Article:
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  • Jaws
  • Customer reviews

on 2 March 2017
This was the first book of choice that I ever read, it was great to re-visit.
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on 19 August 2012
Peter Benchley's Jaws is one of those books I kind of forgot existed, thanks in part to the brilliant film overshadowing it. I saw the film at the cinema a few months ago and it reminded me what a great story it is. The book was 99p on Kindle a few weeks ago so I bought it straight away. I'm glad I read it but I think the screenplay was better and I'm sad to say it isn't a book that has stuck in my head.

I didn't like Brody and Hooper's characterisation in the novel, I thought Brody's wife was insufferable and that there wasn't enough shark action. The beginning started off well with the first shark fatality, but the middle section lagged and I was willing something to happen. Benchley had a tendency to ramble in this book, and to be honest I could have done without it. Saying that, the latter part of the book was tense and exciting and I could finally see where the film got its quality from.

Benchley's knowledge of the sea and great white sharks made for interesting reading, and I liked learning more about this species and it's feeding patterns etc. I'm personally quite terrified of the thought of meeting a great white (I never go near water so that won't happen!) as I'm sure many other people are. Jaws is basically a nightmare of a book and one that would put people off swimming for life!

While I enjoyed elements of this book, and the last quarter in particular, I'm not sure it's one I'd immediately recommend as a random read. I do prefer the film and it's genuinely clever script, though the original novel is an interesting read for fans of the big screen adaptation.
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on 27 October 2016
Overall the book just like the film was great. But for me it left a lot of answers... errrm well unanswered. Which I guess is sometimes a good thing. Leaves a few bits to your imagination. But it annoyed me a bit on the ending. For me, this is one of those small times were I'd have to say the film is better than the book.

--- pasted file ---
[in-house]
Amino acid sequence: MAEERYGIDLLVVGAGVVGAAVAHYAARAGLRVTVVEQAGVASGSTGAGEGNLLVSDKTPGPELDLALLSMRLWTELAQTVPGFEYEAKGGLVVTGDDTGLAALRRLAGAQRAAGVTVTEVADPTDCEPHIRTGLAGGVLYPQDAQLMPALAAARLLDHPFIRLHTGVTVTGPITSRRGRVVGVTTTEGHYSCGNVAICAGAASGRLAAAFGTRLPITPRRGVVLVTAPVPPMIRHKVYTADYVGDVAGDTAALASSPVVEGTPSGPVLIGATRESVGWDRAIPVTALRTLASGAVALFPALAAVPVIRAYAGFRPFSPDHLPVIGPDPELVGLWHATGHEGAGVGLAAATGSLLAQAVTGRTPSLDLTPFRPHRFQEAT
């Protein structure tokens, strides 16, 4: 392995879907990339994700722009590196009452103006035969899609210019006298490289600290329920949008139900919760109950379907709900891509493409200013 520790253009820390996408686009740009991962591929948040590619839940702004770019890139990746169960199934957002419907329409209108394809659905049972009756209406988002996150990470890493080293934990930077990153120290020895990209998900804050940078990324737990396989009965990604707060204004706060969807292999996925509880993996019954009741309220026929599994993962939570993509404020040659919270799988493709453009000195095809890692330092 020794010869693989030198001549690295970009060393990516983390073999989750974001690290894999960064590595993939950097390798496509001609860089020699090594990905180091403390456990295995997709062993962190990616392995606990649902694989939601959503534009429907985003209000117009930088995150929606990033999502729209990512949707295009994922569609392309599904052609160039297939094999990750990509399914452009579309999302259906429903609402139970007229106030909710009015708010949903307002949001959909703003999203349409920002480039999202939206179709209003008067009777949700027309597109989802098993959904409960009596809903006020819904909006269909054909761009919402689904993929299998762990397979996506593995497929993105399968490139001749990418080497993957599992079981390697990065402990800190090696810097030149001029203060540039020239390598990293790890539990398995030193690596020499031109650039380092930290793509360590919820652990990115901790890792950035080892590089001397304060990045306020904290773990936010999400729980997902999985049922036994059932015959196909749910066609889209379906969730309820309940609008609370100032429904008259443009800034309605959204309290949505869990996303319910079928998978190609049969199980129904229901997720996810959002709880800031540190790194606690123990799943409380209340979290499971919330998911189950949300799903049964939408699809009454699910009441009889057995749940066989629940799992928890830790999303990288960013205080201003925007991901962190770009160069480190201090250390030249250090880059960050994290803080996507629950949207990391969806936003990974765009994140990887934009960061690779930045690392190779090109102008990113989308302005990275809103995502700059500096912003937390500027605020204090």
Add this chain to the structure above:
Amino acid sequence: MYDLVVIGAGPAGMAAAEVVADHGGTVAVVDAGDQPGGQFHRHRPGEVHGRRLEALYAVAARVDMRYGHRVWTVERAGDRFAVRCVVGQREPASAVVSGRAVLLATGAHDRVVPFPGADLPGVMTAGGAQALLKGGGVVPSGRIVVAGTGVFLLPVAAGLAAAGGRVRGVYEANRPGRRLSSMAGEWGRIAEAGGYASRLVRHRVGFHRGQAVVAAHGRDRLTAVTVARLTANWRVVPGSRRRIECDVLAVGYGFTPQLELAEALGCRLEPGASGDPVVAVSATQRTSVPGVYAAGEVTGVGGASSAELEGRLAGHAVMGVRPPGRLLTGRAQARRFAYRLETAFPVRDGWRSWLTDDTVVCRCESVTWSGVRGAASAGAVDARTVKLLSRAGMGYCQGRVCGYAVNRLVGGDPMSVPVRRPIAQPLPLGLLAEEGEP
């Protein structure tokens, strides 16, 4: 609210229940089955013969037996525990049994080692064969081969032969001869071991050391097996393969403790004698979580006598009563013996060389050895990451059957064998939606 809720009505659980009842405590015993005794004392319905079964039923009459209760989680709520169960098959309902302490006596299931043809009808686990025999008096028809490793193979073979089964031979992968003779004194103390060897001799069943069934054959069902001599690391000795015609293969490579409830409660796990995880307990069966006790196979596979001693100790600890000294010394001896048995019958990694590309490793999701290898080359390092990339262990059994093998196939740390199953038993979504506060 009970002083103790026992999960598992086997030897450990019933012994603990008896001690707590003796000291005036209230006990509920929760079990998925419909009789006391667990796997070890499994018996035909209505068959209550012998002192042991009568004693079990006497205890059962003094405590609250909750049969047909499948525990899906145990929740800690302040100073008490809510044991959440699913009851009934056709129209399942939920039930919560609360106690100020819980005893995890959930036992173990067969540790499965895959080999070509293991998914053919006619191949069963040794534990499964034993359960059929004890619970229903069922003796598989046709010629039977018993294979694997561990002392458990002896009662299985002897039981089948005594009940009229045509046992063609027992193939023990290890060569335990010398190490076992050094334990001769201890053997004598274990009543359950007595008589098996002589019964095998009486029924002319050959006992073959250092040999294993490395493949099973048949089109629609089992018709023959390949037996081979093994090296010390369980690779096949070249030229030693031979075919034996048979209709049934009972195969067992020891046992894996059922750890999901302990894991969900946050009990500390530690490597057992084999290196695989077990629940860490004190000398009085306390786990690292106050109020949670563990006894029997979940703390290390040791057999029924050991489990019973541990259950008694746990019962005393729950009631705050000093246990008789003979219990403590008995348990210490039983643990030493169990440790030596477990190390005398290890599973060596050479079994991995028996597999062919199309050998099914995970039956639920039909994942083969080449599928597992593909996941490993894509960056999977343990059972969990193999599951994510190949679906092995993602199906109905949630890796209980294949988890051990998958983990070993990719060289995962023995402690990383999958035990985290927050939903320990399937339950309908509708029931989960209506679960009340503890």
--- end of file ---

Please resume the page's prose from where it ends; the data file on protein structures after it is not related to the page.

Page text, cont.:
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First published in 1974 this is probably not the best book to read if you are on the beach and thinking of taking a dip. After all you just don’t know what could be out there, and those great white sharks are prone at times to take a bite out of someone, although we are far from being their preferred food. With only the Orca as its natural enemy this is a fish that is definitely to be feared.

Taking place at the fictional seaside town of Amity, on Long Island, things are hopefully brewing up to a good summer. In a place where the local inhabitants rely on outsiders to stay and spend their money over the warm months, anything that may keep them away is a disaster. And when a woman is seemingly killed by a shark, so the town’s worse fears could be realised, especially when the problem starts to escalate.

Although definitely a thrilling read this was a success on first publication, mainly helped by some neat marketing and then the release of the film. With political machinations as well as sexual tension and adultery this helps to balance the story out a bit, so we don’t end up with just a shark chase and so on. But it is the shark that always grabs your attention.

With the town getting in a hunting fisherman to go after the shark this does have some nice cat and mouse play between man and killing machine, and the suspense and audacity of the shark does give this that oomph that it needs, and that people enjoy.

In all this is always fun to read, and if you have never read it before then perhaps it is something to add to your list, but just don’t read it before you go for a swim in the sea.
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on 10 June 2012
Firstly, Is it horror? Despite the protestations of one of my dearest friends, "What's scary about a big fish?" I would respectfully submit to you that yes, Jaws is in fact a horror. If you are of the opinion that a masked man stalking teenagers in smalltown America, picking them off one by one is horror; then a man-eating shark preying on unsuspecting bathers off the coast of smalltown America is no different.

For me, if there was a physical embodiment of fear, it's a shark. This is an absolutely primal fear of an animal whose basic design has not evolved or changed in millions of years. Sharks are effectively living fossils, an apex predator so perfectly acclimated to its ecosystem that they have survived for million of years at the top of their food chain. So yes, `Jaws' is a horror novel.

Released in 1974, `Jaws' hit the bestseller lists and stayed there for nearly a whole year.